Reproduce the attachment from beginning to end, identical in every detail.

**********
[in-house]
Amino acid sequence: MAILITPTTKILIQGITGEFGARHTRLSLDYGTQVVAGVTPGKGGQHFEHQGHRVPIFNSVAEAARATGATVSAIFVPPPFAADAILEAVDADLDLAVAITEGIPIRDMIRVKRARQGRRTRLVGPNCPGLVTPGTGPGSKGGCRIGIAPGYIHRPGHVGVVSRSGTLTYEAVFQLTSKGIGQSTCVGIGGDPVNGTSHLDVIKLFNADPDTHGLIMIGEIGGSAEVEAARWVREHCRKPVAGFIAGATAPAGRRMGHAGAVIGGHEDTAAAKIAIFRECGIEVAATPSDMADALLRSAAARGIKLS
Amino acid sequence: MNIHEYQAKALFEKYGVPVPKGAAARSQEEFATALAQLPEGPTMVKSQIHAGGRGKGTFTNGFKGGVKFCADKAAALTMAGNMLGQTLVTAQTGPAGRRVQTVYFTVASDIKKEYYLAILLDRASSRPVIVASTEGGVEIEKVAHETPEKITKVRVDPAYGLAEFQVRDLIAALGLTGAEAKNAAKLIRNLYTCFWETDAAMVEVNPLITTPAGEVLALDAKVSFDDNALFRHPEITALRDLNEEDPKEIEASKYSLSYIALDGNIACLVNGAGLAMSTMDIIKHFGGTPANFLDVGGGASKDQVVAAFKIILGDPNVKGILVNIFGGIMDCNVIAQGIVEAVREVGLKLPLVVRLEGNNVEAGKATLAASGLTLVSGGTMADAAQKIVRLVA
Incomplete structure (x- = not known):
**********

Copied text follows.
[in-house]
Amino acid sequence: MAILITPTTKILIQGITGEFGARHTRLSLDYGTQVVAGVTPGKGGQHFEHQGHRVPIFNSVAEAARATGATVSAIFVPPPFAADAILEAVDADLDLAVAITEGIPIRDMIRVKRARQGRRTRLVGPNCPGLVTPGTGPGSKGGCRIGIAPGYIHRPGHVGVVSRSGTLTYEAVFQLTSKGIGQSTCVGIGGDPVNGTSHLDVIKLFNADPDTHGLIMIGEIGGSAEVEAARWVREHCRKPVAGFIAGATAPAGRRMGHAGAVIGGHEDTAAAKIAIFRECGIEVAATPSDMADALLRSAAARGIKLS
Amino acid sequence: MNIHEYQAKALFEKYGVPVPKGAAARSQEEFATALAQLPEGPTMVKSQIHAGGRGKGTFTNGFKGGVKFCADKAAALTMAGNMLGQTLVTAQTGPAGRRVQTVYFTVASDIKKEYYLAILLDRASSRPVIVASTEGGVEIEKVAHETPEKITKVRVDPAYGLAEFQVRDLIAALGLTGAEAKNAAKLIRNLYTCFWETDAAMVEVNPLITTPAGEVLALDAKVSFDDNALFRHPEITALRDLNEEDPKEIEASKYSLSYIALDGNIACLVNGAGLAMSTMDIIKHFGGTPANFLDVGGGASKDQVVAAFKIILGDPNVKGILVNIFGGIMDCNVIAQGIVEAVREVGLKLPLVVRLEGNNVEAGKATLAASGLTLVSGGTMADAAQKIVRLVA
Incomplete structure (x- = not known):